The importance of solar energy in the industrial sector.
Solar energy, in this case that produced by photovoltaic modules, has had a real boom in the Western and Asian markets over the last 10 years, becoming without a shadow of a doubt one of the major production methods of energy from renewable sources.
The boom was made possible thanks to several driving factors:
> The strong global incentive adopted by various governments between 2008 and 2014.
> The technological maturation of the production of photovoltaic modules has led to a decisive improvement in production performance and a reduction in costs.
> Authorization simplifications, country by country.
> The significant increase in industrial consumption and energy costs on a global scale.
This boom has led to a shared global awareness, namely: “Solar energy is the renewable source that is driving energy transformation around the world.”
Globally, installed photovoltaic power stood at 1.2 TW, 25% growth compared to 2021 (source SolarPower Europe, Global Market Outlook report).
If only Italy were to be taken as a sample, in 2022, the installed photovoltaic power capacity reached 2,482 MW, with a notable increase of 165% compared to the previous year (source - Terna).
By dividing the indicated power, we observe that the increase in large plants, i.e. those between 1 and 10 MW, was approximately 190%, with the addition of at least 10 new plants with power exceeding 10 MW each (source - Terna).
In particular, the industrial sector recorded the most significant increase, with companies choosing to invest in solar energy through the installation of photovoltaic systems.
The development forecasts remain optimistic also because the global regulatory systems are moving towards constraints and objectives in terms of sustainability, especially aimed at companies, which in the medium/long term will have the obligation to observe and comply with the new regulations, giving its contribution to the ongoing energy transition.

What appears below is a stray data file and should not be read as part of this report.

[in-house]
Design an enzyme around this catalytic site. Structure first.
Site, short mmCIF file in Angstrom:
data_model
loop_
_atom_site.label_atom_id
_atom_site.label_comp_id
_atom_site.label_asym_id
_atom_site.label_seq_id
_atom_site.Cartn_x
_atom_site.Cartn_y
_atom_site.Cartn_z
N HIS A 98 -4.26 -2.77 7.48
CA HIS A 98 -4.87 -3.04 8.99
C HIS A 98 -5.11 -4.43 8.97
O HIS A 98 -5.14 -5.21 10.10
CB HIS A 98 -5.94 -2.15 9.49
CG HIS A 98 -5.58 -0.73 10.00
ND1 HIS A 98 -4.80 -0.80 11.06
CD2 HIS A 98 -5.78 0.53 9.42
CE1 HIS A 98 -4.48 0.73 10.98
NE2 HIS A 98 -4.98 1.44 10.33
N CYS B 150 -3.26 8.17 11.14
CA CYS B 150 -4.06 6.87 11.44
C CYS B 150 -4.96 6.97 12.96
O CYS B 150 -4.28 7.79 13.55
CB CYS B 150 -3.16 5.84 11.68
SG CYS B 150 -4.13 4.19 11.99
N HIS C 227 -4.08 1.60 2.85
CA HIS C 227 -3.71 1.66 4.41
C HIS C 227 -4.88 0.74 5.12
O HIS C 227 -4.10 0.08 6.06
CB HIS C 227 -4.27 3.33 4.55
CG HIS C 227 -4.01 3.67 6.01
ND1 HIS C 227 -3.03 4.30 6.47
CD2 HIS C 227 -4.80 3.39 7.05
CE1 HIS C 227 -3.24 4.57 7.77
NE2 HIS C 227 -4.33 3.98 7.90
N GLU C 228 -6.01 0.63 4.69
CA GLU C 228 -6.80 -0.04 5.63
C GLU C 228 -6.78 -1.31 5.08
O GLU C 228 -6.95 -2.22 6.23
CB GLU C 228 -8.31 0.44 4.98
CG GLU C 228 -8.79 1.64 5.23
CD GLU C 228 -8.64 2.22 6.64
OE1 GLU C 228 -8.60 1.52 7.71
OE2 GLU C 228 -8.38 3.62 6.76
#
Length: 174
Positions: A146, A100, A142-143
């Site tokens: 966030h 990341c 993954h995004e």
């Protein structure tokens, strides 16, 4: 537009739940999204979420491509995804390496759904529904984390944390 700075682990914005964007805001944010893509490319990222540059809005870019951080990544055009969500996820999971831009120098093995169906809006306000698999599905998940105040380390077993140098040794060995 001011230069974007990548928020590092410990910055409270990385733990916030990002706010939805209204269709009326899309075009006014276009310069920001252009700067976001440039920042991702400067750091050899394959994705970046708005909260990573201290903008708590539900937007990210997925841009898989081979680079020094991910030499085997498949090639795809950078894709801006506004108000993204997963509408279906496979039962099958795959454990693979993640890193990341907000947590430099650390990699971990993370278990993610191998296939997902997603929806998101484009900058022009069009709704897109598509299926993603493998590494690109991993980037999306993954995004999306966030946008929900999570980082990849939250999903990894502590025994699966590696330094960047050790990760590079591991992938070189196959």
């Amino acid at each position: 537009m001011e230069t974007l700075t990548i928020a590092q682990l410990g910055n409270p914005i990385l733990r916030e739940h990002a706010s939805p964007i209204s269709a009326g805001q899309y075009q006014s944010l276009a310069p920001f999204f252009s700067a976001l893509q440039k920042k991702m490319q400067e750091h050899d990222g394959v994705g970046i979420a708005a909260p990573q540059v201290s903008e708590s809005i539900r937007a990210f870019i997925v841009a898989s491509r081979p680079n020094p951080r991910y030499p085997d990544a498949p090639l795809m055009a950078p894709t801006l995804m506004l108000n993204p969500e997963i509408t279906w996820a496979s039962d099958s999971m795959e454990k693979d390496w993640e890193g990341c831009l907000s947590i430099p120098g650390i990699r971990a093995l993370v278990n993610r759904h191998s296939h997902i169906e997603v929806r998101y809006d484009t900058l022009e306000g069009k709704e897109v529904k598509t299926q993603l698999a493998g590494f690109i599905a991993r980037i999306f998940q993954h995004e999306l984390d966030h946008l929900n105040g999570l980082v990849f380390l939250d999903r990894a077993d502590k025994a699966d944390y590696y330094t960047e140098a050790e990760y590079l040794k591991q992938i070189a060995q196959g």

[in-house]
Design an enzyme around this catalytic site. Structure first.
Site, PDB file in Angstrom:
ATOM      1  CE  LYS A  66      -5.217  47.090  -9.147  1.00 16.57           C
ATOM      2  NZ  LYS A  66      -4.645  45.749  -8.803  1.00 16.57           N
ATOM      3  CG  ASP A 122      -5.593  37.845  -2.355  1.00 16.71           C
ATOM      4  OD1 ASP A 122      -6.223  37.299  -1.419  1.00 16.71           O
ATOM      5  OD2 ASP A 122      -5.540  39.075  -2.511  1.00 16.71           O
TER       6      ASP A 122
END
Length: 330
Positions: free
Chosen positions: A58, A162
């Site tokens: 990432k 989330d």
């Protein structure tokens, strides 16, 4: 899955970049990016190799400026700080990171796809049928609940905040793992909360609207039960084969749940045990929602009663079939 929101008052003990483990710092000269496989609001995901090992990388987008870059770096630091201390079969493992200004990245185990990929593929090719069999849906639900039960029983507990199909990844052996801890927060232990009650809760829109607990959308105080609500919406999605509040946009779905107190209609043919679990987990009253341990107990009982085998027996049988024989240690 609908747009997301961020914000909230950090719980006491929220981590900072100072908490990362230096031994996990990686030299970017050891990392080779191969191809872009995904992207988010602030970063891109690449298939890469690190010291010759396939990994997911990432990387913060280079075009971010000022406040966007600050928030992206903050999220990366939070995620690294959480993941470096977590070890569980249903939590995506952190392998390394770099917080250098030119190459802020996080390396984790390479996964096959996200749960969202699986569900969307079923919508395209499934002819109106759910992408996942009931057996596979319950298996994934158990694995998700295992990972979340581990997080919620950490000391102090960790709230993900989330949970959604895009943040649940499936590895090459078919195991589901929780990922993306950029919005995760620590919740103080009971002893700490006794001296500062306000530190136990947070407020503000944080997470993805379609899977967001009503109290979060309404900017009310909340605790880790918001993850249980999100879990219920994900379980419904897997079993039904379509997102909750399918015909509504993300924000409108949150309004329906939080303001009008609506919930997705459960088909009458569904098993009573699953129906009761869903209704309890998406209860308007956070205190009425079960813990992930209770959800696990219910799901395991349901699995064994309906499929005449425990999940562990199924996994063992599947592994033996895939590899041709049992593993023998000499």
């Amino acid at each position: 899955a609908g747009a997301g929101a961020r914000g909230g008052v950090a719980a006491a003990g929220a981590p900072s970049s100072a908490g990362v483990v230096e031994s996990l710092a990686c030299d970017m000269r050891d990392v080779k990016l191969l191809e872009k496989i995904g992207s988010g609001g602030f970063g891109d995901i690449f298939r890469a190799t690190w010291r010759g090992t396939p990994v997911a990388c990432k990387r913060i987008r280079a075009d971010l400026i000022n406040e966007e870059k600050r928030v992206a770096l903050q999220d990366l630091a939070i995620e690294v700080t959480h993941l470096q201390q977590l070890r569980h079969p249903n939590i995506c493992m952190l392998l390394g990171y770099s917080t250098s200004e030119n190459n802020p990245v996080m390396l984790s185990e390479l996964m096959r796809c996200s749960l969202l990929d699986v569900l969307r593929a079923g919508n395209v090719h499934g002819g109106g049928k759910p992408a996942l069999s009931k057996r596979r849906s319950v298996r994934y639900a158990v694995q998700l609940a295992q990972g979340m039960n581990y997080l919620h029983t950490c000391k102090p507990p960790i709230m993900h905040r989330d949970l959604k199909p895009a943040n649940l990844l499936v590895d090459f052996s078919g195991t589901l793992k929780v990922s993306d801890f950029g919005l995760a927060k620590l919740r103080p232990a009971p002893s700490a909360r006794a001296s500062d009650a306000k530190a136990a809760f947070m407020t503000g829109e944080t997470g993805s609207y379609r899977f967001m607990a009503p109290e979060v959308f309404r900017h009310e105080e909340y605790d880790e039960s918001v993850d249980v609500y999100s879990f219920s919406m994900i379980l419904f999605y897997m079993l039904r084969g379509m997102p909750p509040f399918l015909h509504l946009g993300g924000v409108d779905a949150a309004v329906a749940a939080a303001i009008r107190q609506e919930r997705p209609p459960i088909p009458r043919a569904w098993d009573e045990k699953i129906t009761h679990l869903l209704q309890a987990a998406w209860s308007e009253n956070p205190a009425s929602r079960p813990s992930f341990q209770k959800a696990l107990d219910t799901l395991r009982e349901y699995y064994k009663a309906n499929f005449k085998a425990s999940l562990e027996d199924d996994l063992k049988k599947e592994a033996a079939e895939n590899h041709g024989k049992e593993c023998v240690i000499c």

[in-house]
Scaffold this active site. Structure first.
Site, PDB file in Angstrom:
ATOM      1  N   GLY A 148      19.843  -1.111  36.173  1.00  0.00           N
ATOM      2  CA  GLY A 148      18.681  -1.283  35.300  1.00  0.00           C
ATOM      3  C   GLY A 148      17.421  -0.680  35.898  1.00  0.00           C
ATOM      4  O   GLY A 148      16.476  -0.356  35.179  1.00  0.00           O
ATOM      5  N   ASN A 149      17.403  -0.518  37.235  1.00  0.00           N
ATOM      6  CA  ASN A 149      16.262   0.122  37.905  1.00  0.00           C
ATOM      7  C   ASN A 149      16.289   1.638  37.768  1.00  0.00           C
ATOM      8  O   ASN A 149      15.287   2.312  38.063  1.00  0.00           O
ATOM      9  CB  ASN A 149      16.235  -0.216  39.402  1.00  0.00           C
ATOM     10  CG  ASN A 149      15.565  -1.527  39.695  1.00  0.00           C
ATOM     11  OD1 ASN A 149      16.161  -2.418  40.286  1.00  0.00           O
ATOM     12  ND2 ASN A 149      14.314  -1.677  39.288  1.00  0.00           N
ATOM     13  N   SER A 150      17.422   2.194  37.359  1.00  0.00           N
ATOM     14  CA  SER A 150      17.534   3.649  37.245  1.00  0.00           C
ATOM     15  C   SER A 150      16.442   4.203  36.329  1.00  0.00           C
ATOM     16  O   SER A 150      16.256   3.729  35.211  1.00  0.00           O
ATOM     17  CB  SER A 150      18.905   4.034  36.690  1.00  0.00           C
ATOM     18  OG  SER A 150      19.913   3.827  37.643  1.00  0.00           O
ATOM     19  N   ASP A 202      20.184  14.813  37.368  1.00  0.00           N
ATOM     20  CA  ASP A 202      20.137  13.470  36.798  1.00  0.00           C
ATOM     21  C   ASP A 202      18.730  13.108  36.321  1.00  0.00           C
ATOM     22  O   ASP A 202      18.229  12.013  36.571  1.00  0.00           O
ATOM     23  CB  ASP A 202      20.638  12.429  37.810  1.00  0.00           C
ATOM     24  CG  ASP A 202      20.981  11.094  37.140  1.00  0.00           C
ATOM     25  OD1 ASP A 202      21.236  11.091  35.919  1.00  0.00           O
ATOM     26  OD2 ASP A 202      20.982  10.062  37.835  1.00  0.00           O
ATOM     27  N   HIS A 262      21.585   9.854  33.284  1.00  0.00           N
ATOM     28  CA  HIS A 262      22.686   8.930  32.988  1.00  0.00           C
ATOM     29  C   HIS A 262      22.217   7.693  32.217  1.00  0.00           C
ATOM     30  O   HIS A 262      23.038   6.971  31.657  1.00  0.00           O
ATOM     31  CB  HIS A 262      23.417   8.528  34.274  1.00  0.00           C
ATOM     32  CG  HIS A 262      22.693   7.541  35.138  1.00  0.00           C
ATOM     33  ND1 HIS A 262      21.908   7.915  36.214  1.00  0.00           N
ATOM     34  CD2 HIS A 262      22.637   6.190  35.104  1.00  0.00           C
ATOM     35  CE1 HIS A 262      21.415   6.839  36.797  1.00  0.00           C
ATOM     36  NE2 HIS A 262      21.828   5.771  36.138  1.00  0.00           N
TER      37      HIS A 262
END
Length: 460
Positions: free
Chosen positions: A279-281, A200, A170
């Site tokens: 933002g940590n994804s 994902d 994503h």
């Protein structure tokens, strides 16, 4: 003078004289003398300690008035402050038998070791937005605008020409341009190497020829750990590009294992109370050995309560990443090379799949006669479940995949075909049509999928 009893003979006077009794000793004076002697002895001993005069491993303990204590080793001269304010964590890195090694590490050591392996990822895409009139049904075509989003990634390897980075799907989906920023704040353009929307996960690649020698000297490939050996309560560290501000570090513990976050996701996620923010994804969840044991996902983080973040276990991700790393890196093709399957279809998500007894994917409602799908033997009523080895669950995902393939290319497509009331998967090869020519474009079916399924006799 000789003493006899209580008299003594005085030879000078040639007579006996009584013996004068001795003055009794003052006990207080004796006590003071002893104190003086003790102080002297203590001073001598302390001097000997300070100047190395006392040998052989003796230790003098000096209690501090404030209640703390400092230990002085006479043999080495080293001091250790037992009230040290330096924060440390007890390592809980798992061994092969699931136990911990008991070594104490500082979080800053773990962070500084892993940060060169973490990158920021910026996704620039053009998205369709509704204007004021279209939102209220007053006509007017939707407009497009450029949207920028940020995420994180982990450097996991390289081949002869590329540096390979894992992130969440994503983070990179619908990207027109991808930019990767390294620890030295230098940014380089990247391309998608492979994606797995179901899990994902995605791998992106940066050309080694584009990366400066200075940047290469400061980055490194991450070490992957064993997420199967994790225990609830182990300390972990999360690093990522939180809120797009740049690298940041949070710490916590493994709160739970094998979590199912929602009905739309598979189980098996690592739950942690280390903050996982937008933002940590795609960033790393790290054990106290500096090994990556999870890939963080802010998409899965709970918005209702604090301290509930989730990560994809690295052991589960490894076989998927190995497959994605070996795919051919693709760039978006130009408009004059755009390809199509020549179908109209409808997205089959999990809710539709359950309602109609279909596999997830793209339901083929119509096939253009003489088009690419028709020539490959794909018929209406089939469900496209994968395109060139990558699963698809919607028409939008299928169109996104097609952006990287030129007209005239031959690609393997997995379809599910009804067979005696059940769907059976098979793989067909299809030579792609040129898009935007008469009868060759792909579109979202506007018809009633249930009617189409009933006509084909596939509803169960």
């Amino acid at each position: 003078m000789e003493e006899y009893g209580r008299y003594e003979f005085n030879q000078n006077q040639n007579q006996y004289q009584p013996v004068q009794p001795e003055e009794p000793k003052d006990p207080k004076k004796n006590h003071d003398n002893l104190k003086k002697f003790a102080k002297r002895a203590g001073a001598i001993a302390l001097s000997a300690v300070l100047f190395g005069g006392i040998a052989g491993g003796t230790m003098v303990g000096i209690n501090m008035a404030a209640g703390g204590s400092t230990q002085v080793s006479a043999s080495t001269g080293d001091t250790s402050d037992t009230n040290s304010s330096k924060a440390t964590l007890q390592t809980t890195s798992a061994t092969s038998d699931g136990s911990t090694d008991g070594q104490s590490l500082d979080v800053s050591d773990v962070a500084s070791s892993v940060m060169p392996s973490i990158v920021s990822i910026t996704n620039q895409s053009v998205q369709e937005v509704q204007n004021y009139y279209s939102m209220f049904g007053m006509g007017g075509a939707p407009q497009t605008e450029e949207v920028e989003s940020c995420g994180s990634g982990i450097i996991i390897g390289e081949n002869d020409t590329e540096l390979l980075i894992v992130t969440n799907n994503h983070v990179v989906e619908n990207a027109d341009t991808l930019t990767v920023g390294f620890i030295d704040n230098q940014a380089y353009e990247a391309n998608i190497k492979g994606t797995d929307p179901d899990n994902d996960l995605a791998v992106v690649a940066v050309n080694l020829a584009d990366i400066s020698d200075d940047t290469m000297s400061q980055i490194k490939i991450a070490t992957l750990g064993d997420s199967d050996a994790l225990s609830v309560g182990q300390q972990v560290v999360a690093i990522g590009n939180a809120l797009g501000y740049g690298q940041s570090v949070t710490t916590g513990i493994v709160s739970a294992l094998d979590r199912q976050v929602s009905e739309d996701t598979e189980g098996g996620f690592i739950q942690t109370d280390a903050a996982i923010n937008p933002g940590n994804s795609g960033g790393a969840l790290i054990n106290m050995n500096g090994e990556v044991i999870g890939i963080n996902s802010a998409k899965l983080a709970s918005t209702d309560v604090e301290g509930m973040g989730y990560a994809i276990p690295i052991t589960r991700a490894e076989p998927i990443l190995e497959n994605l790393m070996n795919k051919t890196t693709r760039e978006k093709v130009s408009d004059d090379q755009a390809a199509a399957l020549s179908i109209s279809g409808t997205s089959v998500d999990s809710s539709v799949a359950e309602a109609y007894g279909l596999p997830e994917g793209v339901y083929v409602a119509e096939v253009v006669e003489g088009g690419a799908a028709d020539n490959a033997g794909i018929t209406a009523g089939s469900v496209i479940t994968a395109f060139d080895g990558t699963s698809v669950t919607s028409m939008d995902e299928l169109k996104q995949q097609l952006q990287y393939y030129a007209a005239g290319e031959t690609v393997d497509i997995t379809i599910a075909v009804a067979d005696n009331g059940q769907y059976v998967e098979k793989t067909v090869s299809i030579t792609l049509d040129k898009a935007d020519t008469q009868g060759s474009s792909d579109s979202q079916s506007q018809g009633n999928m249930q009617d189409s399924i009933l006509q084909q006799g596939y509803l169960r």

Having made this premise which describes the current scenario of the manufacturing market, let's see in detail how the transition is taking place in the industrial sector, what are the key points to take into consideration and what it means for an industry to enhance its working environment by investing in photovoltaics.
Transition to photovoltaic energy in the industrial sector.
What does it mean in a strictly technical sense to install a photovoltaic system on an industrial warehouse, as a production support to reduce the electricity consumption of one or more specific industrial productions?
To conceive the significant advantages you need to get technical.
Generally industrial photovoltaic systems are installed on the roofs of buildings (plants), because in an industrial context they are considered dead surfaces both in the short and long term.
Furthermore, given the numerous advantages and rapid economic returns of the plant investment, many companies decide to implement more radical energy efficiency, i.e. including both the renovation of the obsolete or asbestos roofing and the plant itself in the "capex".
This investment combo turns out to be truly significant in terms of industrial energy efficiency.
It can also happen, however, either due to the small surface area of the plant roof or for a correct balance (consumption/production), that many companies decide to install the photovoltaic system also on the industrial land owned adjacent to the plants, obtaining a benchmark of more significant energy autonomy.
How an industrial photovoltaic system works.
To understand the functioning of an industrial-level photovoltaic system, some preliminary parameters must be taken into consideration.
> What are (kWh-1).
They are equivalent to consumption in terms of kilowatt hours, i.e. the quantity of energy (kW) withdrawn from the grid by the company, on an (hourly) basis.
> What are (kWh+1).
They are equivalent to the kilowatts produced by the photovoltaic system, i.e. the quantity of energy (kW) generated on an (hourly) basis.
> What is peak kilowatt (kWp).
It is the unit of measurement used to measure the maximum theoretical instantaneous power that can be produced by an electric generator (such as a photovoltaic module). Simply put, it is THE RATED POWER OF A SYSTEM.